THE BOOK: Glass Factory
PUBLISHED IN: 2016
THE AUTHOR: Marilyn McCabe
THE PUBLISHER: The Word Works
SUMMARY: The poems explore loss and discovery, remembering and forgetting, and the accrual of identity through our experiences of the world.
THE BACK STORY: Glass Factory came together over several years, but came into focus in 2014 and early 2015 after I lost several friends to untimely deaths, including my little friend Myles who died in his childhood and my friend Nate who died in his late 50s. At that time also my otherwise active and healthy mother had a life-changing health event that revealed her decline into dementia had quickened and she could no longer live independently. Presence and absence, temporality, ephemerality, memory, the absence of memory all were uppermost in my consciousness even as I witnessed the cycle of seasons, the beauties of earth and of the human-made world. I found beauty even in destruction, even in loss.
WHY THIS TITLE: I majored in anthropology with a special focus on archaeology, and had occasion to explore the history of a glass factory site in the Finger Lakes, and much later to come upon the remains of a glass factory elsewhere in upstate New York. Glass is a fascinating material, and as I began thinking about memory and identity, these experiences and interests cohered and became part of two different poems in this collection.
WHY SOMEONE WOULD WANT TO READ IT: My poems are, by and large, accessible; that is, you don’t need to ponder over them searching for clues and connections, or trying to draw lines of logic among seemingly random sets of words. They may not all appeal to every reader, but everyone will find something of resonance in at least one of the poems.
“There is so much astonishment in her syntax, in tonalities. I love how in each poem’s pulse– the heart is “driving its cargo, / a shipment that might itself ignite.” —Ilya Kaminsky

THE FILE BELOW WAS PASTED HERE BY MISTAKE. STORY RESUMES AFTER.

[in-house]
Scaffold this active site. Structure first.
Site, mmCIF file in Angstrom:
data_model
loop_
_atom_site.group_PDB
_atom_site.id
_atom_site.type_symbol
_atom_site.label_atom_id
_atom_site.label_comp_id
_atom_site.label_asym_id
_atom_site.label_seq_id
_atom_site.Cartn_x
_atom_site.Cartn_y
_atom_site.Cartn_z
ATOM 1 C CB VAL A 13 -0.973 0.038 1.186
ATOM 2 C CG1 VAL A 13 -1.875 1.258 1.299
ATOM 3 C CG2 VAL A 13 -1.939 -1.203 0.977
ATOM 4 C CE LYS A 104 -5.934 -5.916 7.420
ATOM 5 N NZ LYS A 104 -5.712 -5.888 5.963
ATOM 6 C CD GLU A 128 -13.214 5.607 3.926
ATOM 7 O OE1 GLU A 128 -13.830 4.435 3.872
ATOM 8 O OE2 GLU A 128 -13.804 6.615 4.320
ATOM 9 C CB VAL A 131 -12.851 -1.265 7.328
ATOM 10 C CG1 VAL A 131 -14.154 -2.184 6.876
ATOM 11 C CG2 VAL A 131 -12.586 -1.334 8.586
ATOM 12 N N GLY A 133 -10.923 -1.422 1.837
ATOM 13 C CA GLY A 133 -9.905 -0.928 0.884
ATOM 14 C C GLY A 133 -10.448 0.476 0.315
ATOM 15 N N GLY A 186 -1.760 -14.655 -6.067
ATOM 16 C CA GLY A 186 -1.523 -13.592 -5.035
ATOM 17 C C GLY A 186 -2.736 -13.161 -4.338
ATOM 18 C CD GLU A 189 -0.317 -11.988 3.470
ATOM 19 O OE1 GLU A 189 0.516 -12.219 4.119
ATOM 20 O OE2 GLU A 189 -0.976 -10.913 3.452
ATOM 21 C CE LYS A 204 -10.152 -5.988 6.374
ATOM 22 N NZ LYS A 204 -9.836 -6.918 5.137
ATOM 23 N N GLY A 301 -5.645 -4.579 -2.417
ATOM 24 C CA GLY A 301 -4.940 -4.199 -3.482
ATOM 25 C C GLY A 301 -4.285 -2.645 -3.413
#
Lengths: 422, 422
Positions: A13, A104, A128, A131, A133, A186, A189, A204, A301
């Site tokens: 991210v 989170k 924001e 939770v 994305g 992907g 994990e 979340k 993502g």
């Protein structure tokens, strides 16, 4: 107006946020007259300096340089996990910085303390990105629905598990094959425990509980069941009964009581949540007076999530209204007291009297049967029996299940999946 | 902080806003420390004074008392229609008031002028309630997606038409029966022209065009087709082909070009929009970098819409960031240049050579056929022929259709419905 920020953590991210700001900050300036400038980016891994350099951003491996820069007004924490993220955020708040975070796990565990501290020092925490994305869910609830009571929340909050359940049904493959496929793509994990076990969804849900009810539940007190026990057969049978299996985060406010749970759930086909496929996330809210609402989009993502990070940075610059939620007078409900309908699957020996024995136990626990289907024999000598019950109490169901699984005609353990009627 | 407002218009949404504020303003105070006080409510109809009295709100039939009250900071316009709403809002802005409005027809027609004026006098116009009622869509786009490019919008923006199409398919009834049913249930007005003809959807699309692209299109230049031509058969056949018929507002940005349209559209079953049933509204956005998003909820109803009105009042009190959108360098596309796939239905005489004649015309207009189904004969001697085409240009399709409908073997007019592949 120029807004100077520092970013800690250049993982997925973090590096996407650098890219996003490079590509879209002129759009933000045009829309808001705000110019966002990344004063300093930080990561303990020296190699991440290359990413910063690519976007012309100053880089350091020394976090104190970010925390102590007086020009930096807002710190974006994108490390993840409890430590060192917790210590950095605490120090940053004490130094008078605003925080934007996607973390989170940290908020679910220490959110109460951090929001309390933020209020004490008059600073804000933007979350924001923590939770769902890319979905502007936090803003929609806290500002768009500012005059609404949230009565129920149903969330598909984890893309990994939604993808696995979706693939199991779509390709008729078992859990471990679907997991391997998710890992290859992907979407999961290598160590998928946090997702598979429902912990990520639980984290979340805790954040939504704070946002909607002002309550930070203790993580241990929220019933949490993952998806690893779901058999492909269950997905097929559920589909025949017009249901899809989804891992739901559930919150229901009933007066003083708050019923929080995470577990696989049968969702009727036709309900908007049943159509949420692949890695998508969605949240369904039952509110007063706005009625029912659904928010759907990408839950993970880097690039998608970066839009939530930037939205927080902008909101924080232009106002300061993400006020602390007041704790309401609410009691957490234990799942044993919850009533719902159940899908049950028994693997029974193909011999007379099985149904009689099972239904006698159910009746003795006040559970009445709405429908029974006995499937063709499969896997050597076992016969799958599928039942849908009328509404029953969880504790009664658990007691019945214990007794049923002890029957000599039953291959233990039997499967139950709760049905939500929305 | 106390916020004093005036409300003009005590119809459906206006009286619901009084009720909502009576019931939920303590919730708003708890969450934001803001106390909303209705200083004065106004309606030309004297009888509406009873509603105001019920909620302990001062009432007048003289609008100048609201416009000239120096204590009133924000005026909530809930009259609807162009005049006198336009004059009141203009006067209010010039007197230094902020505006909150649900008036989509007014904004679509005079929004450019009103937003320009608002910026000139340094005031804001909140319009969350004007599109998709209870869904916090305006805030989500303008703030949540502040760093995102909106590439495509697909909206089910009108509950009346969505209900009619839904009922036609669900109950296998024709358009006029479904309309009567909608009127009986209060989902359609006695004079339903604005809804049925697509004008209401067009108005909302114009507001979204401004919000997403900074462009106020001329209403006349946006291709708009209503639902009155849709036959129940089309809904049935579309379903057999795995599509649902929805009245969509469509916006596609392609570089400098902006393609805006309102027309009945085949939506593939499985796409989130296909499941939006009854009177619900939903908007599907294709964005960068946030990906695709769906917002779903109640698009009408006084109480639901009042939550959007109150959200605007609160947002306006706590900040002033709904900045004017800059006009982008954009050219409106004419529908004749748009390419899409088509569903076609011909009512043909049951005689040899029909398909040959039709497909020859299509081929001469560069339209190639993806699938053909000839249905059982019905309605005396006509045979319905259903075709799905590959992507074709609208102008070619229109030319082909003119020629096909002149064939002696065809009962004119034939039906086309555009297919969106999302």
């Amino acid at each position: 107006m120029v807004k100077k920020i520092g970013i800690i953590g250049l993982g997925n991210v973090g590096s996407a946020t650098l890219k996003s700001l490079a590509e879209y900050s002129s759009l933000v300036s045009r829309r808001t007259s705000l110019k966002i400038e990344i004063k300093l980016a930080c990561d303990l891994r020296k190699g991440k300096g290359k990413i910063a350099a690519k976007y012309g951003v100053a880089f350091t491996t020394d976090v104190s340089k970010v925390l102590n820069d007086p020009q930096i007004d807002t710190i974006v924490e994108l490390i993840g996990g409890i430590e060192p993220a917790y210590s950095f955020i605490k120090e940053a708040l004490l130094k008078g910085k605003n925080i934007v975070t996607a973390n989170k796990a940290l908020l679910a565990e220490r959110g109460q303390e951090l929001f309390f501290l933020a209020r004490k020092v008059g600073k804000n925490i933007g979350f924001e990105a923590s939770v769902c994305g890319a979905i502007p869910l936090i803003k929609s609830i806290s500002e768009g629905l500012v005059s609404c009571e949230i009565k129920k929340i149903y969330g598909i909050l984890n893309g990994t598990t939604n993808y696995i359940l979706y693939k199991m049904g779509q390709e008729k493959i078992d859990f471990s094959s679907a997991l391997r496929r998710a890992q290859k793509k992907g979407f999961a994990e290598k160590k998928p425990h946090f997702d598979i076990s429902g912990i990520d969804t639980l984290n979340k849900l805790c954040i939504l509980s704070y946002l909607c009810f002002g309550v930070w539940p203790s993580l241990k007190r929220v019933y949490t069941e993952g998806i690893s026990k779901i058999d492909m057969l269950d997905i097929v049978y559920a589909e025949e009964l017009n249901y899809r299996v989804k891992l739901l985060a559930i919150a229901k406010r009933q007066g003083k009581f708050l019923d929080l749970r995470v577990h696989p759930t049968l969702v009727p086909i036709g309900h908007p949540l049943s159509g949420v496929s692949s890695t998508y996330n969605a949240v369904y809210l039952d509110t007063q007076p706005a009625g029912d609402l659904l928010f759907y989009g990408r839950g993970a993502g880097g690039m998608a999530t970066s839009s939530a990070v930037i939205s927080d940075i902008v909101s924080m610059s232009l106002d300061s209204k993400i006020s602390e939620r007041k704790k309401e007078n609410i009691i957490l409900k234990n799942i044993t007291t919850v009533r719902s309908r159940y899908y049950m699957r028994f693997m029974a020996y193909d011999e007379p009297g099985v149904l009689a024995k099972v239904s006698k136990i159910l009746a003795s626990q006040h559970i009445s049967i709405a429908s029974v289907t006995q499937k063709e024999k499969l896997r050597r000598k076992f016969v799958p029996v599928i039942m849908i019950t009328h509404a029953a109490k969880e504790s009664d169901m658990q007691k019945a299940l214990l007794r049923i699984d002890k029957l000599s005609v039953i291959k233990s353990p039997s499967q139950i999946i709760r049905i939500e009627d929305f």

“In a world in which all matter is destined for ruin, we find a speaker who again and again not only holds the elusive present in her fierce attention but also praises the very processes that, while ushering new fruit from the trees, erase all that has been, including the familiar self, which is at every moment already ‘turning, turning’ into something other.” —Kathleen Graber
“With her spare, brave language, McCabe confronts how words fall apart and the sentence cannot hold, tussling with the slippages dividing thing from no thing, self from other, and self from no self. She pays constant homage to our glass-like nature—fragile, glittering, there and not-there—in a poetry of sparkle and transparency.”.—Jay Rogoff, author of Venera and The Art of Gravity
“For a poet so unflinchingly aware of how separate we are from the natural world, and from each other, it must seem an act of faith to make poems like these, poems that manage to act as remarkable testimony to how the grace of seeing connects us through particulars to the ineffable wisdom of the everyday world.”—James Harms
AUTHOR PROFILE: Marilyn McCabe’s new book of poems, Glass Factory, was published by The Word Works in Spring 2016. Her poem “On Hearing the Call to Prayer Over the Marcellus Shale on Easter Morning” was awarded A Room of Her Own Foundation’s Orlando Prize, fall 2012, and appeared in the Los Angeles Review. Her book of poetry Perpetual Motion was published by The Word Works in 2012 as the winner of the Hilary Tham Capitol Collection contest. A grant from the New York State Council on the Arts resulted in videopoem “At Freeman’s Farm,” which was published on The Continental Review and Motion Poems. She blogs about writing and reading at marilynonaroll.wordpress.com.
AUTHOR COMMENTS: I prepared a reader’s guide with some back story on individual poems, some inside jokes, some points of craft. You can find it here:
LOCAL OUTLETS: Your local bookstore can order it through Ingram.
WHERE ELSE TO BUY IT:
– The Word Works, http://www.wordworksbooks.org/product/glass-factory/, or
– directly from the author, or,
– inevitably, Amazon.
CONTACT THE AUTHOR: marilynonaroll.wordpress.com